It’s common to see a tweak made to real budgeting methods talked about as an entirely new way of budgeting.

I call these pseudo-budgets because they’re truly either a spending plan or there is such a small adjustment made to existing methods, that they should be considered a little something extra you can incorporate into your budget.

Don’t get me wrong, they are valid and useful adjustments but they’re not entirely new budgeting methods.


  • Zero-based budgeting

Is this really a new budgeting method? I don’t think it is but it also allows you to focus on the pay yourself first strategy so I’m all for it.

As mentioned earlier, traditional budgeting relies on Income – expenses = savings. This means that you can save whatever is left over from income after spending.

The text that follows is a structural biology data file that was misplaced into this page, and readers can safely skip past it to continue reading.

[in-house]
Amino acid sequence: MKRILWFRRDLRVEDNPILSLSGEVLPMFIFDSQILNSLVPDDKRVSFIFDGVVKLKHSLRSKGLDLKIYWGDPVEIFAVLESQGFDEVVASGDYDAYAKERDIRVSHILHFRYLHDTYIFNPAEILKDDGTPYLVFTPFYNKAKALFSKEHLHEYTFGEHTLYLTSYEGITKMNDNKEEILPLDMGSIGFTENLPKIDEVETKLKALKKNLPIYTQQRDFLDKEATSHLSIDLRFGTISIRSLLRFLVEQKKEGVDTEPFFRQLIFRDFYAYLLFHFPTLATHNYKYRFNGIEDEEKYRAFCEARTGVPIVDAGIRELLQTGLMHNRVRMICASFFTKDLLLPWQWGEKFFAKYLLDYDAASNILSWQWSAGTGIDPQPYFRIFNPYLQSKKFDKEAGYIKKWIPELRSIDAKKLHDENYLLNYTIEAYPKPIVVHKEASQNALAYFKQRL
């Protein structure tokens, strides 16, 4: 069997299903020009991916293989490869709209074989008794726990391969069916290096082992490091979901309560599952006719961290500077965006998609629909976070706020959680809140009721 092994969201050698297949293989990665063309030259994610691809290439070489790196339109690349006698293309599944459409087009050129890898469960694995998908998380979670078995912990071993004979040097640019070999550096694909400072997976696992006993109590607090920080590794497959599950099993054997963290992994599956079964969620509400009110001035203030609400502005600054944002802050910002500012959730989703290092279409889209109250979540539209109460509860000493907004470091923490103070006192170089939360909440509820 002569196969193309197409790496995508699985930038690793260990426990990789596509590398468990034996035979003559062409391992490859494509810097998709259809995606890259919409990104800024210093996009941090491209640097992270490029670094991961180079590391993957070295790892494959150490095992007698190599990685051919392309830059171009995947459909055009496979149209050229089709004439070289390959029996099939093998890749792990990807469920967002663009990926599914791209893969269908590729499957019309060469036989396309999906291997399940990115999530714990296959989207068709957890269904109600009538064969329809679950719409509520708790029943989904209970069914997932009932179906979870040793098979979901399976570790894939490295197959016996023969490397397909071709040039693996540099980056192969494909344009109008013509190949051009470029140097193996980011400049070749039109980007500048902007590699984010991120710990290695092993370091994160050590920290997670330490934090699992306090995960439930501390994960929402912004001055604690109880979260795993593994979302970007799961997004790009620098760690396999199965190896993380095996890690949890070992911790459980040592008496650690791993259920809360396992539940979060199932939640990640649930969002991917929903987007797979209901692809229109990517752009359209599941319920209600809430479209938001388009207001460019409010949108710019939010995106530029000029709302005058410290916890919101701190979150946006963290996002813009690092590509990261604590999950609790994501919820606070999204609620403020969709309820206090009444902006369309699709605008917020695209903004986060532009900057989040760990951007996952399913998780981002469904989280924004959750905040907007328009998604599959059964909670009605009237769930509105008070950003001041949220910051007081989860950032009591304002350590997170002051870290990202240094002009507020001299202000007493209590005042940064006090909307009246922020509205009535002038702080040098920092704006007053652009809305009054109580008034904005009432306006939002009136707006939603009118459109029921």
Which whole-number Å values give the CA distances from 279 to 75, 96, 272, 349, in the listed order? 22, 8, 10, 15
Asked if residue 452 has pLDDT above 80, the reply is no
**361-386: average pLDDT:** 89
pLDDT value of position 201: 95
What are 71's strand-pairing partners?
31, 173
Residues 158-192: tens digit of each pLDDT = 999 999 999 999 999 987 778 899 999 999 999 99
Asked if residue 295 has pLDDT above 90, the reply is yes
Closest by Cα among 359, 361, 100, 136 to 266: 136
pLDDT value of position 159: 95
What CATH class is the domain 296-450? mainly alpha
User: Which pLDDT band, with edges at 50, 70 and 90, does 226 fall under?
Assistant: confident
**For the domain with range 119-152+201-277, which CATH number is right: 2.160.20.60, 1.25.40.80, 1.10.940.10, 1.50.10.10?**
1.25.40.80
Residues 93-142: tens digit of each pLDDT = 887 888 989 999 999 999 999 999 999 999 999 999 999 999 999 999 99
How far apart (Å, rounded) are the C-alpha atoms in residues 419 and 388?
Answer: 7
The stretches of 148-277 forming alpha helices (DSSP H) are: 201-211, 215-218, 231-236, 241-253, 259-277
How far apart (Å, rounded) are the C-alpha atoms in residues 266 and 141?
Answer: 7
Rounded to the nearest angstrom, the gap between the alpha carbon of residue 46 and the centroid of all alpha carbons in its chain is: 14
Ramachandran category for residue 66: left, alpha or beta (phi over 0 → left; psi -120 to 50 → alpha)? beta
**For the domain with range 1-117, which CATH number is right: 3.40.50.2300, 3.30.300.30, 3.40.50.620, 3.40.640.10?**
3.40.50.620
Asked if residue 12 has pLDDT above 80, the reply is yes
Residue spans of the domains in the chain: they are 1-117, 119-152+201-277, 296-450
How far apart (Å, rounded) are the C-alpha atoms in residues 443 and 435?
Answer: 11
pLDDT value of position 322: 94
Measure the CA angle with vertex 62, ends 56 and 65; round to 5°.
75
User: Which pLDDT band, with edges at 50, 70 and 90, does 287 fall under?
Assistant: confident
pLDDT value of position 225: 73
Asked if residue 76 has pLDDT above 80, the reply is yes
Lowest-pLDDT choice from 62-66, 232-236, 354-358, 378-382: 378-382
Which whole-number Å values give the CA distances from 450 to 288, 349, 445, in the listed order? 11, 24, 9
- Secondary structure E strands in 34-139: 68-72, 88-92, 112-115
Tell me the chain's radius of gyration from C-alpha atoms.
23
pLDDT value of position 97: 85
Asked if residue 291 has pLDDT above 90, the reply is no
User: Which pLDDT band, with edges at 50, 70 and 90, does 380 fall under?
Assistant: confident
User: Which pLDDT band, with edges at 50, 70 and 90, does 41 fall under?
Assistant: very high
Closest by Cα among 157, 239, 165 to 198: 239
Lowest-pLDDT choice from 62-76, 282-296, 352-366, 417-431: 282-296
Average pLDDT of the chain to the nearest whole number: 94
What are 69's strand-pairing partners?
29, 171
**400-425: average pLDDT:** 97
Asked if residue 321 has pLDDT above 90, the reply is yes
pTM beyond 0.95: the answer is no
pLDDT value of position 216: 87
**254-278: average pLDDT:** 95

Zero based budgeting says hell nah! we’re gonna move the savings part to the left and you end up with

Income – Savings – Expenses = 0

If you end up with a negative balance (Income – Savings – Expenses < 0), then you need to work in a plan to either increase your income, reduce your spending, reduce your savings or some combination of the three

If you end up with a positive balance (Income – Savings – Expenses > 0), then you increase your savings

The reason I don’t consider zero based budgeting a separate budget methodology is that you can use zero based budgeting with both a traditional budget and a proportional budget.


  • The envelope system

I get a good laugh when I hear people refer to this as a budgeting methodology. I picture creating a line-item budget on a piece of paper, cutting out each line-item and putting the slivers of paper into separate envelopes.

No, this is the spending plan to implement a traditional budget.